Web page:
Children who are perceived by their parents as "different" or those with special needs, chronic illnesses, or difficult temperaments may be at greater risk of maltreatment.
Even if children are not maltreated, they may experience harmful emotional consequences from the violence they witness. Disruptions may occur in bonding or attachment processes, particularly if children are unresponsive to affection or separated from parents by frequent hospitalizations.
Similarly, a child who was previously abused may now be a primary carer and repeat the cycle of abuse to a dependent parent or child. Research suggests that about one-third of all individuals who are maltreated as children will subject their children to maltreatment, further contributing to the cycle of abuse.
A parent's lack of knowledge about normal child development may result in unrealistic expectations. Effective monitoring systems Solid institutional policies and procedures regarding patient care Regular training on elder abuse and neglect for employees Education and clear guidance on durable power of attorney and how it is to be used Regular visits by family members, volunteers, and social workers Additional Resources.
Children who either experienced maltreatment or witnessed violence between their parents or caregivers may learn violent behavior and may also learn to justify violent behavior as appropriate. For example, several researchers note the relation between poverty and maltreatment, yet it must be noted that most people living in poverty do not harm their children.
Environmental factors such as poverty and unemployment, social isolation, and community characteristics may enhance the risk of child maltreatment. Children who either experience maltreatment or witness violence between their parents or caregivers may learn violent behavior and may also learn to justify that behavior.
For example, parents who were abused as children are less likely to abuse their own children if they have resolved internal conflicts and pain related to their history of abuse and if they have an intact, stable, supportive, and nonabusive relationship with their partner.
Certain factors, however, can make some children more vulnerable to maltreating behavior. Child maltreatment occurs across socio-economic, religious, cultural, racial, and ethnic groups. Prior history of being physically abusive. Nor is there any single description that captures all families in which children are victims of abuse and neglect.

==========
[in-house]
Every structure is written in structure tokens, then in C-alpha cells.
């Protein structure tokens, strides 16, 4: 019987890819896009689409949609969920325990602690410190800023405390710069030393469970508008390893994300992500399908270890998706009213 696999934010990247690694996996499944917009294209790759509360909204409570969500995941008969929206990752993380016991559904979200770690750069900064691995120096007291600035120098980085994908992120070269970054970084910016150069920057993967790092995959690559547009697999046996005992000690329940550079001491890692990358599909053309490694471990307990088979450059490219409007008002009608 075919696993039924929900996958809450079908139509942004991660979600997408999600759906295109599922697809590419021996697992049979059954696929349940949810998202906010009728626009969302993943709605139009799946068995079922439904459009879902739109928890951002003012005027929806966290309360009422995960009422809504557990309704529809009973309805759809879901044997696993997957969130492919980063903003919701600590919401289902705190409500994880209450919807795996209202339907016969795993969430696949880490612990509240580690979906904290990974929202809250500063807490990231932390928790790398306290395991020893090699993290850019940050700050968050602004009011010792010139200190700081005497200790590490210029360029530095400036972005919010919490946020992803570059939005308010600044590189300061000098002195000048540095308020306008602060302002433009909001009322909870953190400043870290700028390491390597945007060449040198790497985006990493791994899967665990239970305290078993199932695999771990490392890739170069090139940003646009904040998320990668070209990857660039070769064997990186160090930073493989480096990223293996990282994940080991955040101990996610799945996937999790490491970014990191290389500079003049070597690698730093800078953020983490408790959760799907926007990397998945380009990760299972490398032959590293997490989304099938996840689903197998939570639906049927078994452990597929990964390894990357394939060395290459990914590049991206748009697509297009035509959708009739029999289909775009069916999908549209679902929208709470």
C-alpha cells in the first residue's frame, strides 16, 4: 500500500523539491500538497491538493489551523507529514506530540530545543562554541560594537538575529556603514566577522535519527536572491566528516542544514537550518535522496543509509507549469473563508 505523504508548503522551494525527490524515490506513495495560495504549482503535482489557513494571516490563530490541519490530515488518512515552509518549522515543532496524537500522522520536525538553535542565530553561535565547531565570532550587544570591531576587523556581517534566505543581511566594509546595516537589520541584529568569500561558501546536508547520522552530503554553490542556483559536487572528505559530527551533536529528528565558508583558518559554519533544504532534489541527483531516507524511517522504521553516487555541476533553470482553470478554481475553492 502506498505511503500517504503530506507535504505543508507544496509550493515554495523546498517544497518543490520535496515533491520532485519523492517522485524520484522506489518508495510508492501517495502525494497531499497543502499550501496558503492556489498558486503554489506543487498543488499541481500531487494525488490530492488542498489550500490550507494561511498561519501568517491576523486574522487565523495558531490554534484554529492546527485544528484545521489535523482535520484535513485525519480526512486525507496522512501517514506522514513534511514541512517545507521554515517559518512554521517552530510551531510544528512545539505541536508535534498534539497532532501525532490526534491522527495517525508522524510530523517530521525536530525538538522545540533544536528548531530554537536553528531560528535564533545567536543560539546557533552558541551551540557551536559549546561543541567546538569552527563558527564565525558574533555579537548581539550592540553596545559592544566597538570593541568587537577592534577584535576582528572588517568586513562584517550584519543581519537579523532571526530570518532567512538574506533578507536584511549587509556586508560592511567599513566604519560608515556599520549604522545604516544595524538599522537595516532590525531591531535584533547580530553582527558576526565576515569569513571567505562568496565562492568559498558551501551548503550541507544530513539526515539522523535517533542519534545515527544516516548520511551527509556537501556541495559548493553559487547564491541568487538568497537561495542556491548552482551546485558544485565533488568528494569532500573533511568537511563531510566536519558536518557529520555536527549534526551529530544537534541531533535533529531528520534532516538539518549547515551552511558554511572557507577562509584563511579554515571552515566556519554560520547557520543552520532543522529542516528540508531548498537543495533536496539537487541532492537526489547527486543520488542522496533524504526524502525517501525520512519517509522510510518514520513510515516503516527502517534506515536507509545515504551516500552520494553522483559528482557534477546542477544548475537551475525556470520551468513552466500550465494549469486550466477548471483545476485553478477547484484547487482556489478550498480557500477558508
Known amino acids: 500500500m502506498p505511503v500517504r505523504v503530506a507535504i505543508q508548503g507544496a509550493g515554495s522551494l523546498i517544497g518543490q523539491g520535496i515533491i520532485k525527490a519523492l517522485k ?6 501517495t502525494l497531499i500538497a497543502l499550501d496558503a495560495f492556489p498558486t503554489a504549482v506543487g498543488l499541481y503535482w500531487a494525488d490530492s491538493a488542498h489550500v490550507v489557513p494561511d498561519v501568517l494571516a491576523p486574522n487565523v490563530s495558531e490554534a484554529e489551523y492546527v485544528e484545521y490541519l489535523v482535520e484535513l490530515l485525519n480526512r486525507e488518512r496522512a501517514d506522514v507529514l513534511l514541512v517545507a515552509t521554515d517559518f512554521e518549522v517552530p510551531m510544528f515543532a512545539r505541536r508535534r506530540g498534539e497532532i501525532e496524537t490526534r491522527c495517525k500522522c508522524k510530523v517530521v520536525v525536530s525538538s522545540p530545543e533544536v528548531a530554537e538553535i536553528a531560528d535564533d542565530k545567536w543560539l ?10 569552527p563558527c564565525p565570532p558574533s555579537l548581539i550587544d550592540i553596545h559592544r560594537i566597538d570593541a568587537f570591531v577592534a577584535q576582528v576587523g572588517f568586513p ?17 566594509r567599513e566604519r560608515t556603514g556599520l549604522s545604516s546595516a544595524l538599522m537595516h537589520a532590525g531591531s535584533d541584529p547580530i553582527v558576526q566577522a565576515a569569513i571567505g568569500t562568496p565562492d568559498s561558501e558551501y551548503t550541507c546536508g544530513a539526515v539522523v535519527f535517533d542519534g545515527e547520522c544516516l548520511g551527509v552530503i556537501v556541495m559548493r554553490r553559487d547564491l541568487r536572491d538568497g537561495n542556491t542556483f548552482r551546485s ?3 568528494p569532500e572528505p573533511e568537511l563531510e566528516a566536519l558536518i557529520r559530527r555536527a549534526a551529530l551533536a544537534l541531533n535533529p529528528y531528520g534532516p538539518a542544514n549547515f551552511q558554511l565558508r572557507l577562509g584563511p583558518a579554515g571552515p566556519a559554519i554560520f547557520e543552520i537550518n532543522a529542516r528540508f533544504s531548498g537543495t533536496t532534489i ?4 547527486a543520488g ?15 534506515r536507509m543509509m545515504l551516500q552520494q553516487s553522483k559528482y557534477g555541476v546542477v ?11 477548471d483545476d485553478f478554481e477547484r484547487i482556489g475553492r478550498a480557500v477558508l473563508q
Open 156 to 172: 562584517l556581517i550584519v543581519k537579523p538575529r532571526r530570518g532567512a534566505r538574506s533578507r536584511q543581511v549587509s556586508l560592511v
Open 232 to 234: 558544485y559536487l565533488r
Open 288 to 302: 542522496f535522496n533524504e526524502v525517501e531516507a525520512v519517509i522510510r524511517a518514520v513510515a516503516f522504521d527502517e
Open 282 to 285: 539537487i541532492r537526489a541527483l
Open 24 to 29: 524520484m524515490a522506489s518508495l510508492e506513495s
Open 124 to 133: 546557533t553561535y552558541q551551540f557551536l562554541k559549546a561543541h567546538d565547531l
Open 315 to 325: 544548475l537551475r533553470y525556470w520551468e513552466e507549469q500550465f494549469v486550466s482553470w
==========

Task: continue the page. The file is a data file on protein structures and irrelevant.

A Department of Health and Human Services study found all types of maltreatment, and particularly neglect, to be more likely in alcohol-abusing families than in nonalcohol-abusing families.
Personality characteristics and psychological well-being. Some researchers and advocates have suggested that some societal attitudes, practices, and beliefs that devalue and depersonalize children with disabilities sanction abusive behavior and contribute to their higher risk of maltreatment. No copyright law MORE.
Compared to their peers living with both parents, children in single parent homes had: What situations or factors may lead to violence.
Weak community sanctions against IPV e.
Not all research, however, has found differences in parental expectations. MORE Why do abusive people abuse animals. Caretaker age may be a risk factor for some forms of maltreatment, although research findings are inconsistent.
Misusing Enduring Power of Attorney Going grocery shopping and not returning the change Physical isolation. It is important to underscore that most poor people do not maltreat their children.
No consistent set of characteristics or personality traits has been associated with maltreating parents or caregivers. People who are physically disabled may rely on help and support from others during every day activities.
However, experience suggests certain factors are related to abuse, and that the existence of more than one of these factors places a person at high risk of abuse. Desire for power and control in relationships.
Emotional dependence and insecurity.
Factors such as a child's age and physical, mental, emotional, or social development may increase the child's vulnerability to maltreatment. Birth to age 3 The rate of documented maltreatment is highest for children between birth and 3 years of age. Read this essay on Explain Factors That May Lead to Abusive Situations.
Come browse our large digital warehouse of free sample essays. Get the knowledge you need in order to pass your classes and more. Only at sgtraslochi.com". The perpetrator may have been abused as a child; violence may have become a means of resolving disputes in the family/social network.
Family history of violence. The stress of caring for a physically and/or mentally frail adult without adequate support can lead to abusive behavior towards the adult. P3 – Explain factors that may lead to abusive situations.
There are certain groups of individuals that appear to be most at risk of abuse than others, and therefore more vulnerable. Vulnerable adults can be abused in different ways for different reasons. Individuals who are most at risk are adults.
Transcript of P3: Explain factors that may lead to abusive situations. By, Ravandeep Kaur There may be certain groups who appear to be more vulnerable, or at risk of,abuse than others. This may be a person with a physical or learning disabilities and or mental health problems.
Older people and. Factors that may lead to abusive situations Everyone can be victims of abusive behaviour. There are many factors that may lead to abusive situations, it could be physical that are seen clearly, some are hidden and some are emotional that the .Factors that may lead to abusive